As Usual, DougJ is Right

No, we will not have a serious discussion about the death penalty. In fact, if you want to be exceptionally horrified, check out this Kay Bailey Hutchison statement referencing Rick Perry’s actions:

“As hard as Rick Perry’s office and his campaign may try to divert from the issue, this is not about one man or one case. The issue is Rick Perry’s heavy-handed politicization of a process and Commission established by the legislature to provide critical oversight. First, Rick Perry delayed the formation of the Texas Forensic Science Commission, then he tried to ensure it didn’t have funding and when all else failed, he fired everyone he could. The only thing Rick Perry’s actions have accomplished is giving liberals an argument to discredit the death penalty. Kay Bailey Hutchison is a steadfast supporter of the death penalty, voted to reinstate it when she served in the Texas House and believes we should never do anything to create a cloud of controversy over it with actions that look like a cover-up.

She’s not concerned that an innocent man might have been killed by the state. She’s concerned that evil liberals might get in the way of killing more people.

And she is the “moderate.” These people are fucking sociopaths.

I’m reminded of the time a couple of weeks ago when Matt Welch finally, for a brief moment, mused that gun nuts attending Presidential events might not be a good thing, but only because Justin Raimondo pointed out that if someone did pop a cap in someone, it would be bad for… libertarianism. Again, you can’t make this shit up.

*** Update ***

Sorry, Publius. Kay is running to the RIGHT of Perry on this one. The real problem is not the possible execution of an innocent man or Perry’s apparent perversion of the investigation. The problem is the hash you goddamned liberals will make of the death penalty.

It isn’t a few bad apples with the GOP. The whole damned barrel is rotten to the core.

136 replies
  1. 1
    Will says:

    These people are fucking sociopaths.

    God yes.

  2. 2

    I’d vote for Bill the Cat before I ever could for either of these moral imbeciles.

  3. 3
    JR says:

    Deep thought: being a Black Sabbath fan is a capital offense in some states.

  4. 4
    NobodySpecial says:

    Lizard People gets my vote in a matchup between those two. At least Lizard People act according to biology when they kill humans.

  5. 5
    General Winfield Stuck says:

    and believes we should never do anything to create a cloud of controversy over it with actions that look like a cover-up.”

    Jesus Christ on a ladder. Let’s fucking invade Texas, please, can we?

    And we might as well go for Oklahoma too.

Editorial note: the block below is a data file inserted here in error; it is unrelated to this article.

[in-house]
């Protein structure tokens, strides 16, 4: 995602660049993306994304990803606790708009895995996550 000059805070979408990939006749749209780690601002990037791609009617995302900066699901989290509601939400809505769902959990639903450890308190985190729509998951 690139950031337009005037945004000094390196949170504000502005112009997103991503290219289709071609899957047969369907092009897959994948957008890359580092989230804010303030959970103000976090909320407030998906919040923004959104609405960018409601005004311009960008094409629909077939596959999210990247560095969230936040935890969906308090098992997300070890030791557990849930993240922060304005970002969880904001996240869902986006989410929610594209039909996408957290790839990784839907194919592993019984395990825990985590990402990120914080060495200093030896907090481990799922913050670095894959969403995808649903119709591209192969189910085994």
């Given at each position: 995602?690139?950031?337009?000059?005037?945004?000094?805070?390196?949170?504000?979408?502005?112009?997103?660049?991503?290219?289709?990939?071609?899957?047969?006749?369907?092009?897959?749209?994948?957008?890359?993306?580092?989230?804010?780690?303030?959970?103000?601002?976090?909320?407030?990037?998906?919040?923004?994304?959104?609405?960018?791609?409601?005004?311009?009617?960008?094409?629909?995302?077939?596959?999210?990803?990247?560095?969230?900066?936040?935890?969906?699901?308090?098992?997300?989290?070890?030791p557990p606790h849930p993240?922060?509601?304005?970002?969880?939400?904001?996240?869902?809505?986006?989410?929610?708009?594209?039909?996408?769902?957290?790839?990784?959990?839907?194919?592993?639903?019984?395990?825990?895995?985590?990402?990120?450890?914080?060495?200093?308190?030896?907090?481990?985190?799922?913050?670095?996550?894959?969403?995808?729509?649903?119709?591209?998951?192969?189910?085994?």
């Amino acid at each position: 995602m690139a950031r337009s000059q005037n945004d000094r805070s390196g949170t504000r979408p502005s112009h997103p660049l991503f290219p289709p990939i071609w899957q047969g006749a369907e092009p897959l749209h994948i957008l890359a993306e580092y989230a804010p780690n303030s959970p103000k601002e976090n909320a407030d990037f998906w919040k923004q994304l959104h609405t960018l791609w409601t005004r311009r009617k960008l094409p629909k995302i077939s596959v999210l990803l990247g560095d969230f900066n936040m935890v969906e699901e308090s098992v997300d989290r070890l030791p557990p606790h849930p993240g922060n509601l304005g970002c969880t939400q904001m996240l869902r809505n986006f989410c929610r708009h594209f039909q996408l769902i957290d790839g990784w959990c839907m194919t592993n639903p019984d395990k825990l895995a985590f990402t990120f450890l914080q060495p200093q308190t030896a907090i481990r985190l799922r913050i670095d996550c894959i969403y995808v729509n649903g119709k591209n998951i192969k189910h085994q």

6. 6
    The Very Reverend Crimson Fire of Compassion says:

    Yes, these people are sociopaths. But isn’t the more interesting point here that being sociopaths works for them? It’s gotten them elected and re-elected, and they count on the popularity of their sociopathic world view to ensure their job security. The really terrifying thing is how many of “us” turn out to be “them”, as well.

  7. 7
    Rekster says:

    Whut, u wont us to stop killin’ people down here in Texas. Don’t you no bout th 10th Mendmant. We’s gott Staatees Rites on or sidee.

    Ya’ll yankees betr leave us a lone. Dont mess wif Texas.

    That’s the feeling down here in the Lone Star State, if you have any doubt just take a look at some of the comments on this Austin American Statesman article today.

    http://www.statesman.com/blogs.....willi.html

  8. 8
    Mark S. says:

    No, liberals are not responsible for discrediting the death penalty, Texas is. Perry and his predecessor spent about twenty minutes total reviewing hundreds of death warrants. They packed the courts and the parole board with the dumbest crackers they could find to ensure that there were no pauses in the death march.

  9. 9
    beltane says:

    They are sociopaths. Anyone who has worked in the criminal justice system knows the tremendous power that prosecutors wield. Unless you have a top-notch defense counsel (expensive) and an honest, sharp-as-a-tack judge (they are more common in some states than in others), it is very easy to get a conviction on pretty flimsy evidence. Prosecutors build their reputation on the number of convictions they get, especially high-profile ones. Even an honorable prosecutor will be tempted to dismiss any suspicions that the person they are trying to convict is not, in fact, guilty.

  10. 10
    General Winfield Stuck says:

    Blackstone’s ratio is now kill ’em and let Gawd sort “em out.

    Welcome to the land of the free.

  11. 11
    Comrade Jake says:

    All you need to remember is: Texas is BIGGER than FRANCE!

  12. 12
    dmsilev says:

    Interesting contrast with former (Republican) Illinois governor George Ryan, who was corrupt as all hell, but at least had enough of a moral center to commute the sentences of all of the people on death row here because of strong concerns about the judicial process.

    -dms

  13. 13
    beltane says:

    @Rekster: If they secede does that mean we can occasionally shock and awe them when they get too obnoxious?

  14. 14
    Jorge says:

    General –
    Seriously, we’d be screwed if we tried to invade Texas. We have what, 3 million or so people in the armed forces. There are 24 million people in Texas. Estimates have it about 3 guns per Texan.

    Unless we bomb the population or start a draft, we’d lose an invasion of Texas. Badly.

  15. 15
    WyldPiratd says:

    The GOP turned full-blown sociopath under Ronnie Raygun.

    Lots of bad, paradigm shifting shit happened since St. Ronnie. The crushing of labor unions reignited under St. Ronnie. Absolutely uncalled for growth in defense spending coupled with criminal foreign meddling went off the rails. On the domestic front, Reagan’s era marks the beginning of exploding prison populations, a ramping up of the “War on Drugs” and throwing the mentally ill and poor under the bus. This is also when median wages became completely decoupled from GDP growth, which, in turn, led to stagnation of middle class wages.